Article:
For the beginner looking for a vinyl turntable though, it’s perfect.
It’s simple to set-up and operate, plus you have the versatility to plug in your MP3 player or phone if you don’t have a lot of vinyl yet.
What We Like
- Very reasonably priced
- Three-speed player
- Can run on electricity with the adaptor provided
- Has speakers built in
- Has a jack for your earphones
- RCA jack allows you to plug it into your standard stereo system
- Compact and portable
- Tons of funky colors available
- One-year warranty on manufacturer’s parts
- Very low risk for beginner turntable fans
What We Don’t Like
- Some customers report speaker issues
- More advanced users are unlikely to enjoy this model
- Few customization options available
- Arm has to be operated manually
3. Best Budget Standalone Turntable: Audio-Technica AT-LP60X
Audio-Technica AT-LP60X Fully Automatic Belt-Drive Stereo Turntable
The Audio-Technica AT-LP60X turntable has sleek lines and an uncluttered surface. It’s fairly compact, sporting a sleek modern finish that will allow it to blend in with almost any décor.
Though simple in presentation, it’s a high-performance model that provides new turntable users with a taste of what an amazing player can do.
The Audio-Technica company is known as being one of the top brands in this industry with a range of products for even the most discerning audiophiles.
They also stay very current in design and updating their products as is evident in the redesigned tone arm and head shell which improves tracking.
This player is part of their budget range, so as a no-frills option, is perfectly suited to those looking for a great beginner turntable without complicated or unnecessary extras.
They’ve put their money to where it will do the most good – in the production of sound.
This system is easy to set up and even easier to operate. There is no need to worry about setting the right speed or positioning the needle in exactly the right spot. The machine will take care of all of that for you. If you’re a beginner, this is the perfect model to start with.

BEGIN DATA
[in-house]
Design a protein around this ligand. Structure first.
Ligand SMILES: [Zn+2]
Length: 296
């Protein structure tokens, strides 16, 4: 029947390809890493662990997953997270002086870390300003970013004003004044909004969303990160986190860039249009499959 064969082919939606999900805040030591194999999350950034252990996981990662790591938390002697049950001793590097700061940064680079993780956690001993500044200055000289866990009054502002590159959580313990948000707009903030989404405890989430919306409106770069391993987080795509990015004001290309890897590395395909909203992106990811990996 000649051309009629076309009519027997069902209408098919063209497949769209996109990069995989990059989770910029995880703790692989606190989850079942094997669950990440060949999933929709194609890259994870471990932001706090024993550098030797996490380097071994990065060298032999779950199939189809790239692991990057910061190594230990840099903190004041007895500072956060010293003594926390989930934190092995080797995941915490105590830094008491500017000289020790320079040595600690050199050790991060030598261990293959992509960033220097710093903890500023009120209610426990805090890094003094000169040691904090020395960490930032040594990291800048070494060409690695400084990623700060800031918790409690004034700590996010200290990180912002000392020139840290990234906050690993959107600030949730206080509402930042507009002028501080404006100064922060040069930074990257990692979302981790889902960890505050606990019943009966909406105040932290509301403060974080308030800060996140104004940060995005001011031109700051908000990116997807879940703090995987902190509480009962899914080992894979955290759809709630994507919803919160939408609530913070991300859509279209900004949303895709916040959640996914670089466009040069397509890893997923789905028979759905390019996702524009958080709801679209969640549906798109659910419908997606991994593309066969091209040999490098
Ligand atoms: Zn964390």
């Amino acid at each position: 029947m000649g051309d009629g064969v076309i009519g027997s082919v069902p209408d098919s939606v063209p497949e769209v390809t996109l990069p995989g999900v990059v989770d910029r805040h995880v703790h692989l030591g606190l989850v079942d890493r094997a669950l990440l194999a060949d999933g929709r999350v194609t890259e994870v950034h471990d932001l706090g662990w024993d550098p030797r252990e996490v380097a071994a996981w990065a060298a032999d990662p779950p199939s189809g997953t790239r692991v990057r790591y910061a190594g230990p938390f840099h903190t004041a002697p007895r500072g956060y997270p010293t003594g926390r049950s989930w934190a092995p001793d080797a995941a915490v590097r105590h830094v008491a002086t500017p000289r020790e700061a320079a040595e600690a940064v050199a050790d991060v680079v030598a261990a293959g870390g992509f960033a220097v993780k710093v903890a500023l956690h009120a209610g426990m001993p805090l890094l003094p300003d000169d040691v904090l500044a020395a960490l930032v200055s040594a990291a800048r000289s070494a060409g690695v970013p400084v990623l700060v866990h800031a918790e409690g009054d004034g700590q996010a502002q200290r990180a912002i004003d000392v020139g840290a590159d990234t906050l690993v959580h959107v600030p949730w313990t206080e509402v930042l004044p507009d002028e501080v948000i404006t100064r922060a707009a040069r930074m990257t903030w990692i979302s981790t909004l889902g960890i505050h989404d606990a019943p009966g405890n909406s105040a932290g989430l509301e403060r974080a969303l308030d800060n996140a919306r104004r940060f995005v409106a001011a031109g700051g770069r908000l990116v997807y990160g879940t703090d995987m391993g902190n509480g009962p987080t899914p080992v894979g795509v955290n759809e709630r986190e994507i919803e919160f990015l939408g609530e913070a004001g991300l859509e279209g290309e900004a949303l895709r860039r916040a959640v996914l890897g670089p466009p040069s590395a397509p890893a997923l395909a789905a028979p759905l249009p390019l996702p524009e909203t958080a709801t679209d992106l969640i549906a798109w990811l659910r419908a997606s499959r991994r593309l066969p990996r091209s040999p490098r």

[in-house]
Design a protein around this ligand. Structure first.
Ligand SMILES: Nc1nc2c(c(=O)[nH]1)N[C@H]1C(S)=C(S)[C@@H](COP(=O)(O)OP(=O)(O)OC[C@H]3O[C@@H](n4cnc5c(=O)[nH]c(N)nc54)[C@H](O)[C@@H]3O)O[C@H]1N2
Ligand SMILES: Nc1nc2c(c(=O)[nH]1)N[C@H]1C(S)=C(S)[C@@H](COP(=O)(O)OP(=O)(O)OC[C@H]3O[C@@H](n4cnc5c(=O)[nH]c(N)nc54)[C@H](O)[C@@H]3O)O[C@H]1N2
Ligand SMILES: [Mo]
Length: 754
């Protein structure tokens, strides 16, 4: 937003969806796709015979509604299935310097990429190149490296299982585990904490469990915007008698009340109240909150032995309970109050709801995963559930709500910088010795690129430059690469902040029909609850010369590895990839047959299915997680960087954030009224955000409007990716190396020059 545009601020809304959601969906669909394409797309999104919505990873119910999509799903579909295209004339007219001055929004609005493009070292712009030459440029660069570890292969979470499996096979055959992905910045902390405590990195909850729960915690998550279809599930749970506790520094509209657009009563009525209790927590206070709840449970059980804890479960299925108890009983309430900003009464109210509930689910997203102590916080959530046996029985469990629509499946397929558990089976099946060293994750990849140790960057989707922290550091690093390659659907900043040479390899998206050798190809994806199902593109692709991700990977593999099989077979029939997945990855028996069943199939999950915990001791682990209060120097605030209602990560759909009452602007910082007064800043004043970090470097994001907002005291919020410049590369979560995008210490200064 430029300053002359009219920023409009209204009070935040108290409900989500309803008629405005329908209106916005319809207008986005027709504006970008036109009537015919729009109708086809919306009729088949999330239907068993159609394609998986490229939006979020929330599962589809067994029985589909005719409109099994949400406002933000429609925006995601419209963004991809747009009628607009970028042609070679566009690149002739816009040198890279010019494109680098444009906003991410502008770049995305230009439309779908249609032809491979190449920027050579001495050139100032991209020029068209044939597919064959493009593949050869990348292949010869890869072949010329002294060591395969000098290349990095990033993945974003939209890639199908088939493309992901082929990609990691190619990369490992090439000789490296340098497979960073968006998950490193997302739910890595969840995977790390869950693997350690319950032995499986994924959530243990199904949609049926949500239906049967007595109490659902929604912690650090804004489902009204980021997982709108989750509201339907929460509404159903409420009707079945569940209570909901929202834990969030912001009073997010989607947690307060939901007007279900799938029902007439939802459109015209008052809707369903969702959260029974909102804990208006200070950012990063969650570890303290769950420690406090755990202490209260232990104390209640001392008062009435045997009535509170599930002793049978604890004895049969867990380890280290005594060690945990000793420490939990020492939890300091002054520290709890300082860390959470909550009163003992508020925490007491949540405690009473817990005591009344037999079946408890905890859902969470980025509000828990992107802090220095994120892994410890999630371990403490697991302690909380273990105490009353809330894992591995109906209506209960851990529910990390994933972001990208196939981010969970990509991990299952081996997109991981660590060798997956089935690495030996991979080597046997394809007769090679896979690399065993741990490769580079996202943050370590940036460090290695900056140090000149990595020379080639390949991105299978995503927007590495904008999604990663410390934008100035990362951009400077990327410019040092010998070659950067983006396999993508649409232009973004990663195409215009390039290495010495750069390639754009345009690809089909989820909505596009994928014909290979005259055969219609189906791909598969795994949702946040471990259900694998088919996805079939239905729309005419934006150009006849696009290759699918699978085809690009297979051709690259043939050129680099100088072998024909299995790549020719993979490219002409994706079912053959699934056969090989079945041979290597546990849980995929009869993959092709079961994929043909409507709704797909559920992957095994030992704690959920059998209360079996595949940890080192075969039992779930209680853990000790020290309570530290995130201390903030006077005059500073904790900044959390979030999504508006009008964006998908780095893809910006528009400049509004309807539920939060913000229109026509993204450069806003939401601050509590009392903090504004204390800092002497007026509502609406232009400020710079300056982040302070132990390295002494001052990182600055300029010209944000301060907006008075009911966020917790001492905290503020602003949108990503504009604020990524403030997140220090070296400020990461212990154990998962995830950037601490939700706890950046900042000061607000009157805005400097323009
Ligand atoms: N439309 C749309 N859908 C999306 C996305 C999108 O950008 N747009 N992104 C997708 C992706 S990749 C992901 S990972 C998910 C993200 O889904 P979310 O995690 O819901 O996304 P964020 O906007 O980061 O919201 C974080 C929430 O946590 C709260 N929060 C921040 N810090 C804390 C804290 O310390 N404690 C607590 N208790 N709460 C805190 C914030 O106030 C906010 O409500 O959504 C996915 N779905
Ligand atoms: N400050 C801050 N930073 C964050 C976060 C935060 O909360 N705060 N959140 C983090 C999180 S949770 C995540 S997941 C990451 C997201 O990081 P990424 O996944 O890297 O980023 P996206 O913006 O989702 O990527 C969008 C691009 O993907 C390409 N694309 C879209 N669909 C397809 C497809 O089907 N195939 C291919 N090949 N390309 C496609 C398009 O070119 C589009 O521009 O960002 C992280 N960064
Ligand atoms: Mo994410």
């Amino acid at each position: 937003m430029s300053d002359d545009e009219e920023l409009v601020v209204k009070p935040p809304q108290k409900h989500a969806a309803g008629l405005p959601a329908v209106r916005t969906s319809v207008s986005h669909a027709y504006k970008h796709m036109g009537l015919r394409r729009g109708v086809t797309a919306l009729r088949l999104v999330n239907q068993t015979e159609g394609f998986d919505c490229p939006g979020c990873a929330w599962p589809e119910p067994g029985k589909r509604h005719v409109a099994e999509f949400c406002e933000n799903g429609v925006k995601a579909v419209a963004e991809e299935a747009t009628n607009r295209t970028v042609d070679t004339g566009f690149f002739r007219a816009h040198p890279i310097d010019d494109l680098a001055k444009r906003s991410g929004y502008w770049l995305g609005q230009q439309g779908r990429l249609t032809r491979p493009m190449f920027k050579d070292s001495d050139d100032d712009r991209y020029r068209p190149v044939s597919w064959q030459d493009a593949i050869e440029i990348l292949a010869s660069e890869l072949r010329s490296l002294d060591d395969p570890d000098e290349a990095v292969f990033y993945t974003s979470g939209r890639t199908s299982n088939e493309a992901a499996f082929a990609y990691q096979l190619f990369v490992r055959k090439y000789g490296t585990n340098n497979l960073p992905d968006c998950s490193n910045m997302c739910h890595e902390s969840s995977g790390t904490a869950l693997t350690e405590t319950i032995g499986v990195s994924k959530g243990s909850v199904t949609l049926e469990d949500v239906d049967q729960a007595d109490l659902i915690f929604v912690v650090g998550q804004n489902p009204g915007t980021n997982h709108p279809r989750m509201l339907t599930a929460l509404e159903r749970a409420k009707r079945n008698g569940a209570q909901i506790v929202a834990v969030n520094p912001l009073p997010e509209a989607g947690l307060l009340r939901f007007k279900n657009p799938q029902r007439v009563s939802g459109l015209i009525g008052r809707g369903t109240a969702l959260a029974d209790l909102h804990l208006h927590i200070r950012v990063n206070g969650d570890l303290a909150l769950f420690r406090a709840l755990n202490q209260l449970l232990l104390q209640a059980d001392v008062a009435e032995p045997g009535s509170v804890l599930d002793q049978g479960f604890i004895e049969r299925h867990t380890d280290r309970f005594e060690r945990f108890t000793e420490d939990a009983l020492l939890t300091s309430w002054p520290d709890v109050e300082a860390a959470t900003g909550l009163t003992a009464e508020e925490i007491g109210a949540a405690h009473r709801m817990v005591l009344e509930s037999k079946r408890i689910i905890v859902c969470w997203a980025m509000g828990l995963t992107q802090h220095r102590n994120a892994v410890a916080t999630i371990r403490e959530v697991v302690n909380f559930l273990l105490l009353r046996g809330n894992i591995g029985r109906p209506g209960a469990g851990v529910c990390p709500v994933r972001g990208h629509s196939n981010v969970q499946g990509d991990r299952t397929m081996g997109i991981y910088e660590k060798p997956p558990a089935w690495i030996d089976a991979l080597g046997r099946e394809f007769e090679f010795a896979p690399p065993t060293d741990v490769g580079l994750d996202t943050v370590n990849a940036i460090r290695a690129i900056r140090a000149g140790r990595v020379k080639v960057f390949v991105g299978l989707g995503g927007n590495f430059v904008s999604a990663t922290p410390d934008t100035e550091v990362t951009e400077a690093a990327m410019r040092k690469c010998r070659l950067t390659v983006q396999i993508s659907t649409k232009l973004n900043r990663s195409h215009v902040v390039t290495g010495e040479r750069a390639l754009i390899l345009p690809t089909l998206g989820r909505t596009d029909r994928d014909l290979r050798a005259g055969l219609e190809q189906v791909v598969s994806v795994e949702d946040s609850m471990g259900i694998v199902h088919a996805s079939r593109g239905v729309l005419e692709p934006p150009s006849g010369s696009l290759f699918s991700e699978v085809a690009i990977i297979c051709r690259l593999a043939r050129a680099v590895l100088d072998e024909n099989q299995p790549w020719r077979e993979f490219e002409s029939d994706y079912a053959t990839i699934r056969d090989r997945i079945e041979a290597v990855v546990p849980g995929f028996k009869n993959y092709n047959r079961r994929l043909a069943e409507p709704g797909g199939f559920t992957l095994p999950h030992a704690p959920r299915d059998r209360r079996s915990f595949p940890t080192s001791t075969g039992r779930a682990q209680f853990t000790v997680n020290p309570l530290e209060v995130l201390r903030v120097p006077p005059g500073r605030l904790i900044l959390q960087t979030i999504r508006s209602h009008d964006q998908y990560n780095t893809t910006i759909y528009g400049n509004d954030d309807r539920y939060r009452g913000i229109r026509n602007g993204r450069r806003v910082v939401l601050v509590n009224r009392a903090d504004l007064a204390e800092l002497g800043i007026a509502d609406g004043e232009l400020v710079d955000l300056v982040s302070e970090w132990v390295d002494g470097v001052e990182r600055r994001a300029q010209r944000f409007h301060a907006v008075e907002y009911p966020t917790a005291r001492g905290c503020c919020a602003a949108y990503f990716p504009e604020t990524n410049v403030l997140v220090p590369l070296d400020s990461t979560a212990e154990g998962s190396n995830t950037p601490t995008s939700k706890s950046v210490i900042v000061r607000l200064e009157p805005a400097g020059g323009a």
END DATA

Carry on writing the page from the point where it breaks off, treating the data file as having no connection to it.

The AT-LP60X includes a preamp to allow connections to your existing external power amp or powered speakers.
What really sets this set apart from competitors is it’s extremely reasonable price. Most similarly featured turntables start at around $300, without the speakers. To get a good, brand-name package like this one under that price point is a real steal.
Solidly constructed with no bits that scream, “I’m cheap”, it ‘s a well-finished unit and carefully made.
What We Like
- Brilliant price
- Award-winning speakers included
- Simple to set up
- Easy to operate
- Excellent value for money
- Redesigned tone arm base and head shell
- High-quality, easily replaceable cartridge – at least 400 hours of sound
- Belt-driven for fewer vibrations
- Solid, vibration-dampening platform
What We Don’t Like
- Few opportunities for customization or tweaking because everything is automatic
- Not an ideal set for a DJ
4. Best High-End Starter Turntable: Fluance RT81
There is a lot going for this model aside from the affordable pricing. For starters, the Fluance RT81 has used a high-performance cartridge from Audio Technica.
It is diamond-tipped to ensure that every groove in the record is followed perfectly. There is, therefore, a lot lower chance of skating or skipping.
Another thing that makes this ideal for those just starting out is the preamp built-in to the design. This makes it possible to connect directly to your amp and to still provide the kind of powerful signal that the amp requires.
As you get further along your journey as an audiophile, you’ll probably want to change things up a bit. The preamp can be switched on or bypassed, as you please.
This model from the Fluance company is belt-driven, which automatically makes it more stable. The belt does not have to be adjusted when you change speeds, making it more convenient than your standard belt-driven model.
The base of the Fluance RT81 High Fidelity Vinyl Turntable is completely solid wood to ensure that vibrations are kept to a minimum. In addition, the company has installed isolation feet for the same reason. The heavier aluminum platter takes care of any vibrations that might still be lurking about.